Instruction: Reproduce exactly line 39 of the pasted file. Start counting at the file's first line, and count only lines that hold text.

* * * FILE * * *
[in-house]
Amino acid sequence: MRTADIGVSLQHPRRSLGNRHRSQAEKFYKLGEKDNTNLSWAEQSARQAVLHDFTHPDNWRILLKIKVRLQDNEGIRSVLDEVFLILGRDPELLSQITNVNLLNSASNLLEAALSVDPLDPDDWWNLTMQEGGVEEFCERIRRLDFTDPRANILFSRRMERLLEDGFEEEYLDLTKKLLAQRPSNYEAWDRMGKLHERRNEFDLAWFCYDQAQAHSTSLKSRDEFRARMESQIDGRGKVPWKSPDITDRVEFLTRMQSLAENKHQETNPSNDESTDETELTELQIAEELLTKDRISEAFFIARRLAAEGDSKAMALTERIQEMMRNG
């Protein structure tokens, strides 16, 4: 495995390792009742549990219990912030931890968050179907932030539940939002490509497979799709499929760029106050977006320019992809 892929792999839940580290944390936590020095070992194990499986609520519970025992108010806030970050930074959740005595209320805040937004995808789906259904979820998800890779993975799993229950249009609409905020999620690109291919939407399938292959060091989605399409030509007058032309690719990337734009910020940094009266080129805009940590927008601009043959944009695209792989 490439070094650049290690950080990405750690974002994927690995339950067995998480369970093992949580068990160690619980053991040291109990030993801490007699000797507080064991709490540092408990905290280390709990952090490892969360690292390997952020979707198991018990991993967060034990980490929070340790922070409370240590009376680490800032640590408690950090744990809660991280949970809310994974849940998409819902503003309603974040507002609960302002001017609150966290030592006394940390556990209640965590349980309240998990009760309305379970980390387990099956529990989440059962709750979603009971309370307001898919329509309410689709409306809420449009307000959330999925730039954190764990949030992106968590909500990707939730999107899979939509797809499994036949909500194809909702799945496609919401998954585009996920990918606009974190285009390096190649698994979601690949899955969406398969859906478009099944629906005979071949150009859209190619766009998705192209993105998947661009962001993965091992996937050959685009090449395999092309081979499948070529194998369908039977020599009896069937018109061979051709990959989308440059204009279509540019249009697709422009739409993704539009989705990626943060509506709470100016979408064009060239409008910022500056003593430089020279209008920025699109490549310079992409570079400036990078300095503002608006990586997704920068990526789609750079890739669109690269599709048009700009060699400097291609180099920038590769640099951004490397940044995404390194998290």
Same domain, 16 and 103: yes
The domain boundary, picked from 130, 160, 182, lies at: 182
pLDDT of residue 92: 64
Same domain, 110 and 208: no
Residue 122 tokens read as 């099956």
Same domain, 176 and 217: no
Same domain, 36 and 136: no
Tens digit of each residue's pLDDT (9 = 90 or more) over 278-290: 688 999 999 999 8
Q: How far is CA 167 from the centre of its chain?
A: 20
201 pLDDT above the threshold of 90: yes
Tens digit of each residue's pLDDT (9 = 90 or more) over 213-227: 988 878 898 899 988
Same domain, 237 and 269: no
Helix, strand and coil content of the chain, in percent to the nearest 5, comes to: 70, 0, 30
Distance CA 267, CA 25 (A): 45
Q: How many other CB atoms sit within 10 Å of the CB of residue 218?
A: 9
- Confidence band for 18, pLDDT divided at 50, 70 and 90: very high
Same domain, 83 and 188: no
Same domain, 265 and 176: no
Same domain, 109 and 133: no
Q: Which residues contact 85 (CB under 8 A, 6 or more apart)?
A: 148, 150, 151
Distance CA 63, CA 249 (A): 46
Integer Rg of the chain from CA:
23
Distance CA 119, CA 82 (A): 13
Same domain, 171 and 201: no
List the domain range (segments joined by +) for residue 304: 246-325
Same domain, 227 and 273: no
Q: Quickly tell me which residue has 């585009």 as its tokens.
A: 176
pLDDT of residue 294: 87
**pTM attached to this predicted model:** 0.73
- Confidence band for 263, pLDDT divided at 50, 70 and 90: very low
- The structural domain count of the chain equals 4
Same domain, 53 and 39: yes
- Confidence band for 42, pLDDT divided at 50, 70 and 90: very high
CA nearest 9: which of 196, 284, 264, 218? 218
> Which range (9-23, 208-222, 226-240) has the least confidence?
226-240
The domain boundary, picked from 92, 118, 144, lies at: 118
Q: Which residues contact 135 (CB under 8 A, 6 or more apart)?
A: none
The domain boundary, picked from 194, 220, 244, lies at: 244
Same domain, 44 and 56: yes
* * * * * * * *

- The structural domain count of the chain equals 4